Adams' work looms large for all comics fans, and for us Superman and Batman fans, it's seminal work.  Of course he's covered all sorts of other things.  Jamie has an Adams' Wonder Woman print on her office wall.  But to me he's the guy who brought Muhammad Ali to the DCU and advocated for Siegel and Shuster to be recognized financially and as creators when Superman: The Movie was in production.  



He brought an illustrative realism and humanity to his characters that pushed all of comics to a new level when he arrived, and he never quit pushing boundaries as an active creator right up to his passing.  

Do yourself a favor and look for some Neal Adams comics.  






Friday, November 12, 2021

Supergirl on the CW Ends




I started watching Supergirl from the pilot when the show had big ambitions and was going to air on CBS.  The pilot of the show is... not great.  You could feel the hands of CBS, home to a wide array of boring shows I don't watch, all over the show and kind of wringing themselves with all this superhero weirdness.  But they did bring in a decent cast, and seemed to have some ideas for modernizing the Maid of Might from her incredibly goofy origins in Action Comics 252.  

I won't get into it here, but Supergirl as a property allows for some flexibility as the character's titles never last, no one working on the latest iterations seems aware of prior incarnations, and once on the title, never seems to know what to do with the character for more than 3-6 issues.  I have probably hundreds of Supergirl comics, and there's been exactly two modern runs that I would recommend.

The show started off on CBS, which was always an awkward fit and probably one of the things that drove DC and WB to realize that working with network suits was more trouble than it's worth.  For the first half of the first season, the show felt deeply uncomfortable with itself, bucking against old network tropes and trying to make the domestic life of Kara Zor-El as basic as possible.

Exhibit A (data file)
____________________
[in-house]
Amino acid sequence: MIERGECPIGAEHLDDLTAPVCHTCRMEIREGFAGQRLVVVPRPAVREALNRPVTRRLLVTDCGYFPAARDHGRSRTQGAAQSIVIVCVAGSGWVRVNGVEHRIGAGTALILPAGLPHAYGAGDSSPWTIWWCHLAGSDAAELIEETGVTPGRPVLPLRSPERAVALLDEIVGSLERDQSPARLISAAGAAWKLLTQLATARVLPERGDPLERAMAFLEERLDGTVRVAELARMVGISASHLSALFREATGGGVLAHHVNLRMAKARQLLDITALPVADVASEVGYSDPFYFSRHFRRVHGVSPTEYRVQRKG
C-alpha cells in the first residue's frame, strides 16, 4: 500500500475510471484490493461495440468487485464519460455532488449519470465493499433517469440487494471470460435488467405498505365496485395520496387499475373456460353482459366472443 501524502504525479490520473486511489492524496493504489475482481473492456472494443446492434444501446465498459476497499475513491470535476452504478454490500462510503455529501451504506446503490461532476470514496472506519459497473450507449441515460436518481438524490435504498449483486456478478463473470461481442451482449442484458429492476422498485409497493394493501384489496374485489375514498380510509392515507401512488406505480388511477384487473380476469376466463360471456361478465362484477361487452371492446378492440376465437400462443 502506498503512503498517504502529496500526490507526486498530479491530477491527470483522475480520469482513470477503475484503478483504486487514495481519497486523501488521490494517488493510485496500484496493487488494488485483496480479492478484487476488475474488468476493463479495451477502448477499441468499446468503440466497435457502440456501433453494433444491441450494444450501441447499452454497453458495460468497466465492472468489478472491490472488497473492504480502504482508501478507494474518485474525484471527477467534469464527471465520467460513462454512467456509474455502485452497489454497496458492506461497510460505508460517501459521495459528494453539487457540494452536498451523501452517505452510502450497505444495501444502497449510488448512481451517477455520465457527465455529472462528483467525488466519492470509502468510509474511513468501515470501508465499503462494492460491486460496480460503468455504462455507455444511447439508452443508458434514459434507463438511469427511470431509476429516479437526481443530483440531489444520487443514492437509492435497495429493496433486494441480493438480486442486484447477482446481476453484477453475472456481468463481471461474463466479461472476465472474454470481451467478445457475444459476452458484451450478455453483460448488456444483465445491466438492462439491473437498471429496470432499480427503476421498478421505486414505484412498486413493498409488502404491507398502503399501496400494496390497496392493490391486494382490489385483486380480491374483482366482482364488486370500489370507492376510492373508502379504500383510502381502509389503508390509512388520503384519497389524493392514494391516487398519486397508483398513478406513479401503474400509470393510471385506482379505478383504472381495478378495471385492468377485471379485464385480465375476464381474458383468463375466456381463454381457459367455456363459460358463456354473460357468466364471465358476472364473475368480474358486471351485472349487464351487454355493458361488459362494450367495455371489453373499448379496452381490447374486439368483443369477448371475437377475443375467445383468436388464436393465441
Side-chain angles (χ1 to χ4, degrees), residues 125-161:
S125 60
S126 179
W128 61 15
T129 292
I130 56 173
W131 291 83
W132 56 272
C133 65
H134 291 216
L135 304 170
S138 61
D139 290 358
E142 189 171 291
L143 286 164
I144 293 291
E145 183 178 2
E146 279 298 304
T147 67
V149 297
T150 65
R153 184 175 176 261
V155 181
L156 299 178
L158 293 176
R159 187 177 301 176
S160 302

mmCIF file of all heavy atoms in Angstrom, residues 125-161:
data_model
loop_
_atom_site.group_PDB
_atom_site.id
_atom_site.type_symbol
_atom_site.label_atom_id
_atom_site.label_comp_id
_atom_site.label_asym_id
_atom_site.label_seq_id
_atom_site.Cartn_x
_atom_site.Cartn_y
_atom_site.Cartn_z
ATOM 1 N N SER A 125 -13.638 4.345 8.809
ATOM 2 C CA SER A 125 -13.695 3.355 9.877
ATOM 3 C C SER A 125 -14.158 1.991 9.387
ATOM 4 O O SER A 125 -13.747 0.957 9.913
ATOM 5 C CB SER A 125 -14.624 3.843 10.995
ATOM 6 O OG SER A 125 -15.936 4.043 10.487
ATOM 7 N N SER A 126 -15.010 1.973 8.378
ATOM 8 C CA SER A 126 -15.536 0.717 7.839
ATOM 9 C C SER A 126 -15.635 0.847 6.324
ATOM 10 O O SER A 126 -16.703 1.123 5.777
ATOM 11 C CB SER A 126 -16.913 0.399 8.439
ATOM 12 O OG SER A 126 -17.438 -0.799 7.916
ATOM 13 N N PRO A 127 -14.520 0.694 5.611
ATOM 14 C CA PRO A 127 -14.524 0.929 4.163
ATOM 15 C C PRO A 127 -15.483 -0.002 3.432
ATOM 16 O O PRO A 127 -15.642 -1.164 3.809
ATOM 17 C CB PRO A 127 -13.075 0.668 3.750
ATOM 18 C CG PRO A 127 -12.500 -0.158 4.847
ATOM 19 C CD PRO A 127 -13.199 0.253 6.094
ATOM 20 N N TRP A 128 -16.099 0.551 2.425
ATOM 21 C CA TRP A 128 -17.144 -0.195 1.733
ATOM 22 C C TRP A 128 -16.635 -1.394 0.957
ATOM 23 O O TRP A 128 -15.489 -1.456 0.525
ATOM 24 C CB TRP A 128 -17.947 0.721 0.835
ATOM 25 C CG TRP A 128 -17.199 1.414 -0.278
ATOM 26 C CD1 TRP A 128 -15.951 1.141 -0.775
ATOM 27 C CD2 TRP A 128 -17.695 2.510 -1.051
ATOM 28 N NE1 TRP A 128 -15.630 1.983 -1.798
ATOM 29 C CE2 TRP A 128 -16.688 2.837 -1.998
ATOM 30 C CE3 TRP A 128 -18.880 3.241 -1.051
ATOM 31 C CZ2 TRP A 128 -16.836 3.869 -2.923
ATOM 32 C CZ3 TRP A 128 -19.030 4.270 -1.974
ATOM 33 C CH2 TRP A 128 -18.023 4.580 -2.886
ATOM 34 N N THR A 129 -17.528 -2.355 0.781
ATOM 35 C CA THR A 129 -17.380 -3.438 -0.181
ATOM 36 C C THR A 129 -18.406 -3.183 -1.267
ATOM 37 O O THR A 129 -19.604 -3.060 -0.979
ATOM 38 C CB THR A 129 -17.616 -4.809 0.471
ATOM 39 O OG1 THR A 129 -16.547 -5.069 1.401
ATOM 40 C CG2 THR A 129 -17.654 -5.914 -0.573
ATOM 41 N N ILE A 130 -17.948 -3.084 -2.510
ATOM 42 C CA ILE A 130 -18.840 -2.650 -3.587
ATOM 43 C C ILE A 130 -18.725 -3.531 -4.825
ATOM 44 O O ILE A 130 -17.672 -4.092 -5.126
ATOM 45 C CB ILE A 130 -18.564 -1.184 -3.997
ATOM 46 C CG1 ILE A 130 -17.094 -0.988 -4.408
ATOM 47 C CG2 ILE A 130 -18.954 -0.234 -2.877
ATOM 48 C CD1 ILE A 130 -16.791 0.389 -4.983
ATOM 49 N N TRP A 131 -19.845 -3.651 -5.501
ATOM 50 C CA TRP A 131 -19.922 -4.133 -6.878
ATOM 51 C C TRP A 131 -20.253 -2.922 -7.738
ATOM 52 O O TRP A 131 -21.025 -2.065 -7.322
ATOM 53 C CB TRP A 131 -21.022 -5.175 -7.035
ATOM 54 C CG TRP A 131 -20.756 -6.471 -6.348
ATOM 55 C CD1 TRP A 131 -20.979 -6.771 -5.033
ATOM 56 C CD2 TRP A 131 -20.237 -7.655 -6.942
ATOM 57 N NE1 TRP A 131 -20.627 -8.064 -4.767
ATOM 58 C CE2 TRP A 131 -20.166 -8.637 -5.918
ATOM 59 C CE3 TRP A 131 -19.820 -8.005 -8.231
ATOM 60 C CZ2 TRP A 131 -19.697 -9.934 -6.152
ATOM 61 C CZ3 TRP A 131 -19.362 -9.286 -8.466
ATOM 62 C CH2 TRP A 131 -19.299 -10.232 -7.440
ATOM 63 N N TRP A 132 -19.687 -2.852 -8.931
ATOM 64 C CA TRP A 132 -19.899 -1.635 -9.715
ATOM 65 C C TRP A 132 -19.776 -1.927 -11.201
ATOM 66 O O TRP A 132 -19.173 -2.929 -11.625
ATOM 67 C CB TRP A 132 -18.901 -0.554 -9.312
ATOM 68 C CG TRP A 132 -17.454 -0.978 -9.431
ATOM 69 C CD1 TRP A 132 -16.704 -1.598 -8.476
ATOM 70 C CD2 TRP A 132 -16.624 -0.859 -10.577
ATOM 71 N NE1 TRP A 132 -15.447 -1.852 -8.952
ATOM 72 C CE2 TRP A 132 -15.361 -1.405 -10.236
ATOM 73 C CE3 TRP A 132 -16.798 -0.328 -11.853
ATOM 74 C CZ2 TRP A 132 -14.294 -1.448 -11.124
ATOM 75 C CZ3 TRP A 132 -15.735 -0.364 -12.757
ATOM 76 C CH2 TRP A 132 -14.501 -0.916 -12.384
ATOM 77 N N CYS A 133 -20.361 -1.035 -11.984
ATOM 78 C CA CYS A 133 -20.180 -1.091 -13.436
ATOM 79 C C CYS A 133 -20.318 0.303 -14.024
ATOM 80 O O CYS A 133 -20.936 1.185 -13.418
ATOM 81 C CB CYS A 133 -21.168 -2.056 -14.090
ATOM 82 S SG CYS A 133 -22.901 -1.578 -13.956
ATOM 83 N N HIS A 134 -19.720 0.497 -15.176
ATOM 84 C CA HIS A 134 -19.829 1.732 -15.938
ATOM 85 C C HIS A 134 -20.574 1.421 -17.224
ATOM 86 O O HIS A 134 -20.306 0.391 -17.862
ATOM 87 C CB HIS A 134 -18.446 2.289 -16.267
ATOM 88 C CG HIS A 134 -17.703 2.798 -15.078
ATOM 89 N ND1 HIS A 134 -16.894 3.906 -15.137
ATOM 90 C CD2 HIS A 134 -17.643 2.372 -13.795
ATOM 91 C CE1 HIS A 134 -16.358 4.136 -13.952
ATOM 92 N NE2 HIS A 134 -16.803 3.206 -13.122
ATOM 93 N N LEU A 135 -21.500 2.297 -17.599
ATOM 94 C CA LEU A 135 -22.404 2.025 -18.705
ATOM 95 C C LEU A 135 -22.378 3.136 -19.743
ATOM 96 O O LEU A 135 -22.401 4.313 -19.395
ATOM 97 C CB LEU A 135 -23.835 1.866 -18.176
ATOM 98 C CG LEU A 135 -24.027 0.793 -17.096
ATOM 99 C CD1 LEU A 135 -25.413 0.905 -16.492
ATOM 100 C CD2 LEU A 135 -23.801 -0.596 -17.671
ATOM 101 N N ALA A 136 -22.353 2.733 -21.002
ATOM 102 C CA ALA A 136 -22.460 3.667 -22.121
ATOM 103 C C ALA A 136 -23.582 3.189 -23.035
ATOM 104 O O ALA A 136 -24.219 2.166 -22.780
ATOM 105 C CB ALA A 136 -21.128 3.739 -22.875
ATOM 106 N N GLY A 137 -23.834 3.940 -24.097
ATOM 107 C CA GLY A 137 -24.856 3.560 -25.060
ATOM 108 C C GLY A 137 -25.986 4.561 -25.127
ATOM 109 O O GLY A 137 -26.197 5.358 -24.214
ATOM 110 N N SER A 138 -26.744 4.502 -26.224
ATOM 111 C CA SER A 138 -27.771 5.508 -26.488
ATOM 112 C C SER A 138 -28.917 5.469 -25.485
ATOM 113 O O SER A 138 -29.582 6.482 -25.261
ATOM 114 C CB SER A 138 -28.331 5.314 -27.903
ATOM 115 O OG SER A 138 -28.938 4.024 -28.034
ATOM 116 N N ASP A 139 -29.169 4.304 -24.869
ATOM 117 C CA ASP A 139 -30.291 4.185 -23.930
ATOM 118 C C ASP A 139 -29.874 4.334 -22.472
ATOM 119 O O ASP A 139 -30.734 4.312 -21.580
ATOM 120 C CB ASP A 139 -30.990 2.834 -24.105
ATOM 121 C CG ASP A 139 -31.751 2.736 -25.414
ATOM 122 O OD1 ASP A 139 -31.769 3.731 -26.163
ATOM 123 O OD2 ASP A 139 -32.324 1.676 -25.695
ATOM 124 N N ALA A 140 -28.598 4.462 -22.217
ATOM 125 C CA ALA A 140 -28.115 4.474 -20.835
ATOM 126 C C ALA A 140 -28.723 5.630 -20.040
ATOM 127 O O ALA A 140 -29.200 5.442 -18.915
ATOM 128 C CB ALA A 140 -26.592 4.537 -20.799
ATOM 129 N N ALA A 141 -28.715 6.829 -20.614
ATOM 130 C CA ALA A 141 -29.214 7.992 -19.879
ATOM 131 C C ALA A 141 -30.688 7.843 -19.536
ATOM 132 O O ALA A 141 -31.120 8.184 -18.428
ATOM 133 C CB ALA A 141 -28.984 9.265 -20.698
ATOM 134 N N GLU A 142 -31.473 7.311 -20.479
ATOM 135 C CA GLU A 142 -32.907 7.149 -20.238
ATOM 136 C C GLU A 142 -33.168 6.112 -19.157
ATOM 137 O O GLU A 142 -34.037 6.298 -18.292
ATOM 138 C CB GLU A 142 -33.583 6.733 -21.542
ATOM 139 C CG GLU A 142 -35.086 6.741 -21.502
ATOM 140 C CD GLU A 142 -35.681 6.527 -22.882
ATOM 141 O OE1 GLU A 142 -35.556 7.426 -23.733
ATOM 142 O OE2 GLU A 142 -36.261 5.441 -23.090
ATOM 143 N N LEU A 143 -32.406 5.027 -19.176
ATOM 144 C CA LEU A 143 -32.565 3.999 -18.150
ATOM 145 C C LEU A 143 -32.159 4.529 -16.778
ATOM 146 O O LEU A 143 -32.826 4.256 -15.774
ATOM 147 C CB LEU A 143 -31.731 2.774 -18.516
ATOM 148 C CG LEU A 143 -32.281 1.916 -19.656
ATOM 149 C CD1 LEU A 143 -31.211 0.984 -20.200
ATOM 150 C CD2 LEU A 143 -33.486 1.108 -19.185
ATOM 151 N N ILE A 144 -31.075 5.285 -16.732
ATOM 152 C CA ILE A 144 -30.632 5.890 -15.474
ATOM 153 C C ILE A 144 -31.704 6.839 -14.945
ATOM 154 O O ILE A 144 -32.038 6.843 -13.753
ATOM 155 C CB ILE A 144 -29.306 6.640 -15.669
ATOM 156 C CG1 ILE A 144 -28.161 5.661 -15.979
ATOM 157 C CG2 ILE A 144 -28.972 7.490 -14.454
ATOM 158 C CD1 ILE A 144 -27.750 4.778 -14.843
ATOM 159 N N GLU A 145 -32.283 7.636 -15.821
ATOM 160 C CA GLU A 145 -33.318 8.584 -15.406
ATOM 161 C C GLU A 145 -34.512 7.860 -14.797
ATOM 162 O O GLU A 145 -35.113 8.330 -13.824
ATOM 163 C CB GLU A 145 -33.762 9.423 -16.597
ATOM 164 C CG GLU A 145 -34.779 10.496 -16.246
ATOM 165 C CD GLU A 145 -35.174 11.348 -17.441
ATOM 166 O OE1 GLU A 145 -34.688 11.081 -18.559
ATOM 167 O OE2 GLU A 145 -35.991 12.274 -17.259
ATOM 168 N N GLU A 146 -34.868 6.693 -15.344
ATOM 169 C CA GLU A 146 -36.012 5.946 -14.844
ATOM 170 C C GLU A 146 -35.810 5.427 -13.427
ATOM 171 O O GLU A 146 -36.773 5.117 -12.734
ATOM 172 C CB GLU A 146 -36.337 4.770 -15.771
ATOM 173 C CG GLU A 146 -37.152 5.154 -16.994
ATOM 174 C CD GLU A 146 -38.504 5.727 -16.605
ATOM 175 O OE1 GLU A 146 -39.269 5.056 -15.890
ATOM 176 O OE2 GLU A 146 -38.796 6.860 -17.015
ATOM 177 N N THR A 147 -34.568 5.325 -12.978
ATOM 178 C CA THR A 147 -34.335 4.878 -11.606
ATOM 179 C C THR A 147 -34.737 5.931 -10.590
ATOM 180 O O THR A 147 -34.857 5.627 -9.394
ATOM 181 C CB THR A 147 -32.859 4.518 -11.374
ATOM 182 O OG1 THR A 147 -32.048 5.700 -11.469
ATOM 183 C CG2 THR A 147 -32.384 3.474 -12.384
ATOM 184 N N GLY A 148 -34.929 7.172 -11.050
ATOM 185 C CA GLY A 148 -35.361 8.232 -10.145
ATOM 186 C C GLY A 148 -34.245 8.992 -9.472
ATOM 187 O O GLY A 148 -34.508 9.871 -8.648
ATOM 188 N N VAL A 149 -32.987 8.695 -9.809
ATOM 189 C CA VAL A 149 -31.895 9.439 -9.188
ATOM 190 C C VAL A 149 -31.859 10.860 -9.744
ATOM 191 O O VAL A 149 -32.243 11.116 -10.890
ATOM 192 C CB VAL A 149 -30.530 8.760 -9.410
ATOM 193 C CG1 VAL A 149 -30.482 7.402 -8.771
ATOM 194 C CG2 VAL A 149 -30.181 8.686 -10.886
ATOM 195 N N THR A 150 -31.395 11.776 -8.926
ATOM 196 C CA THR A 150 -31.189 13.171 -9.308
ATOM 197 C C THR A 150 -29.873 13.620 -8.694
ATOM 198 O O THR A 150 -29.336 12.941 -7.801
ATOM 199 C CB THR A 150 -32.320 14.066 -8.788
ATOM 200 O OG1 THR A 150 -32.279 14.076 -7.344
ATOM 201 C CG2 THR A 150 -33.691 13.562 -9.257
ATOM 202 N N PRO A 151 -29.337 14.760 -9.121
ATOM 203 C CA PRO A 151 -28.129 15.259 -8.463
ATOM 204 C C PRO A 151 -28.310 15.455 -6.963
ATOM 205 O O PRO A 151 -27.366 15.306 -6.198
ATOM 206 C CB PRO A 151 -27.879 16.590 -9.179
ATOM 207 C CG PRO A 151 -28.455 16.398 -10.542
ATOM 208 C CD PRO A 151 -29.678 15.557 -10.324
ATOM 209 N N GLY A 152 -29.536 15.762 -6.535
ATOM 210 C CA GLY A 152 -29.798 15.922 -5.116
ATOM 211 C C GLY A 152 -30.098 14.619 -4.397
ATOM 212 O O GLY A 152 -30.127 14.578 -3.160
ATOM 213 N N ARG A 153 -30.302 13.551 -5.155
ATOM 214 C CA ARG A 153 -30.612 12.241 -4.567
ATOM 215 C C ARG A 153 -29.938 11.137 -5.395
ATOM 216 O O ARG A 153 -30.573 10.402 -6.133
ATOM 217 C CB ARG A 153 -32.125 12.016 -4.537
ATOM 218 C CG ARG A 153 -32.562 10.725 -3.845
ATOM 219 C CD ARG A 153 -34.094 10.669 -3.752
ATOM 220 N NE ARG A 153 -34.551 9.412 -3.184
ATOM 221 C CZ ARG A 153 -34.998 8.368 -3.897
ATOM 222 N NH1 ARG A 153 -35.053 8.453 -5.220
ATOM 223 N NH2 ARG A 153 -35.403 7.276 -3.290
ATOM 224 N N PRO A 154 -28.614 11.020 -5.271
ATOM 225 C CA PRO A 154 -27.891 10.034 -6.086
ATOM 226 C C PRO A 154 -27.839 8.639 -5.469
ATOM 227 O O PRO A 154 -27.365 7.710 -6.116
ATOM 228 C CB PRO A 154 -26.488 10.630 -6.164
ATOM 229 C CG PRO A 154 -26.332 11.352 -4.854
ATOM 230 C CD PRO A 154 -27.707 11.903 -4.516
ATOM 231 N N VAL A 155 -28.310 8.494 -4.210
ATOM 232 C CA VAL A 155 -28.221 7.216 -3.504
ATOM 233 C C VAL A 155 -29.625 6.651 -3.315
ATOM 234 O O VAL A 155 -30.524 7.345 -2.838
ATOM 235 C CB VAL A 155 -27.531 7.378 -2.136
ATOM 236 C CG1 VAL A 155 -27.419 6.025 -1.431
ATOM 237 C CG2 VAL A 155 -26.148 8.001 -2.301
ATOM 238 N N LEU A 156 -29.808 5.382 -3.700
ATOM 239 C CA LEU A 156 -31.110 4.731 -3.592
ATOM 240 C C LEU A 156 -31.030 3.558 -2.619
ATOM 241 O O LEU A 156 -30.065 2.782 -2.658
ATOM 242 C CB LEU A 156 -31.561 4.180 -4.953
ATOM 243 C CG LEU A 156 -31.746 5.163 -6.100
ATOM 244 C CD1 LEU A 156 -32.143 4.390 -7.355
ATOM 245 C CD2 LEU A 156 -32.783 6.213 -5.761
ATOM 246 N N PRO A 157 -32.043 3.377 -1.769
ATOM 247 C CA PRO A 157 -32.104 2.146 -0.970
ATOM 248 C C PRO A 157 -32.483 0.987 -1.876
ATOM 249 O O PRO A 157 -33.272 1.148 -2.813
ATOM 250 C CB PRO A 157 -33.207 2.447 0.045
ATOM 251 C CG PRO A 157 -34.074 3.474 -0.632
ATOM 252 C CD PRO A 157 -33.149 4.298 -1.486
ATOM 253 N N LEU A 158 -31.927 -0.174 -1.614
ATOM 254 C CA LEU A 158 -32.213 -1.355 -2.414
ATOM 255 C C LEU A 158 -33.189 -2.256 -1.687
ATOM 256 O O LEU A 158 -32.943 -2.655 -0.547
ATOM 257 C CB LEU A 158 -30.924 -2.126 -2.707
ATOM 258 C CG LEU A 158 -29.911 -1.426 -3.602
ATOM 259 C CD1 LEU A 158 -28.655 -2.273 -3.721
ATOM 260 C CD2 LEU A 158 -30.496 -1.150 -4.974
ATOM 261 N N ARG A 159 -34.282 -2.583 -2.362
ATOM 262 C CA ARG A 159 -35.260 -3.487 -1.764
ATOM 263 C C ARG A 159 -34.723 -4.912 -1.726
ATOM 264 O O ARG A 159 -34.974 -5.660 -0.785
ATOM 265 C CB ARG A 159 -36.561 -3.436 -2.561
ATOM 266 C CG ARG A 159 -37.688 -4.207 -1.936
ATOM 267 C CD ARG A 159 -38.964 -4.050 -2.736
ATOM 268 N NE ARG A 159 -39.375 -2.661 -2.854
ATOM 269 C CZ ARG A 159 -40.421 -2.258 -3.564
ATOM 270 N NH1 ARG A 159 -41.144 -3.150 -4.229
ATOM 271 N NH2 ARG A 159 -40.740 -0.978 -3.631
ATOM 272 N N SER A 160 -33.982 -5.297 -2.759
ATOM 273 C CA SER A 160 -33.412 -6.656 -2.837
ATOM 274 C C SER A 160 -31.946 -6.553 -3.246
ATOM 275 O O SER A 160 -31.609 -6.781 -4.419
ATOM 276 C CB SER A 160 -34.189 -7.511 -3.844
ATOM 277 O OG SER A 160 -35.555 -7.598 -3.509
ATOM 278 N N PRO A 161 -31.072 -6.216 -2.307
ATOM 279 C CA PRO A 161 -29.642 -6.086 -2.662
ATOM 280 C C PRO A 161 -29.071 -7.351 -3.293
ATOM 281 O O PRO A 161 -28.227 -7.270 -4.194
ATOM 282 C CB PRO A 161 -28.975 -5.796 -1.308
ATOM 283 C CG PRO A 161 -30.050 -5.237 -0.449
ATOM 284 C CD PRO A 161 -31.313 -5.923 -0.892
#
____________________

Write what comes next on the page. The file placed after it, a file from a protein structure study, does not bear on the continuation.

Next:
Friday, October 15, 2021

Superman Stuff: Let's Talk That Jonathan Kent News




If you came here because you're under the impression that the character known as Superman - who goes by Clark Kent in his everyday life as a mild-mannered reporter for a major metropolitan newspaper - is now categorized as bisexual:  he's not.  Hang in here with me.  

Let's start by clarifying - at this time, Clark Kent, Kal-El of Krypton, is still into women as far as the comics have indicated.*  The "Superman" in question is - in current Superman comics - the young-adult son of Lois Lane and Clark Kent, one Jonathan "Jon" Kent.  In the comics, as Clark Kent has had to take care of some business elsewhere, Jon Kent has been promoted from Superboy to Superman.  

It happens. I don't make the rules, I just report them.  But, yes, there are now two Supermans.  Mens.  Whatever.  It's less and more complicated than who is and is not a Green Lantern.

I don't think it's any surprise to folks that know me or follow this site where I stand on certain topics.  

In coming issues of Superman: Son of Kal-El, a maxi series based on current events in Superman comics, it seems our guy Jon is finding love with a male reporter.  Jon Kent's sexuality is not an issue for me as a reader.  He's a character reflecting both science-fantasy ideals but also a character who will be defined by many characteristics as a person which will appear in his serialized adventures hopefully for many years to come.

Saturday, October 9, 2021

Action-Ween Watch: Blade (1998)




Watched:  10/07/2021
Format:  HBOmax, I think
Viewing:  Fourth?  5th?
Decade:  1990's
Director:  Stephen Norrington

So.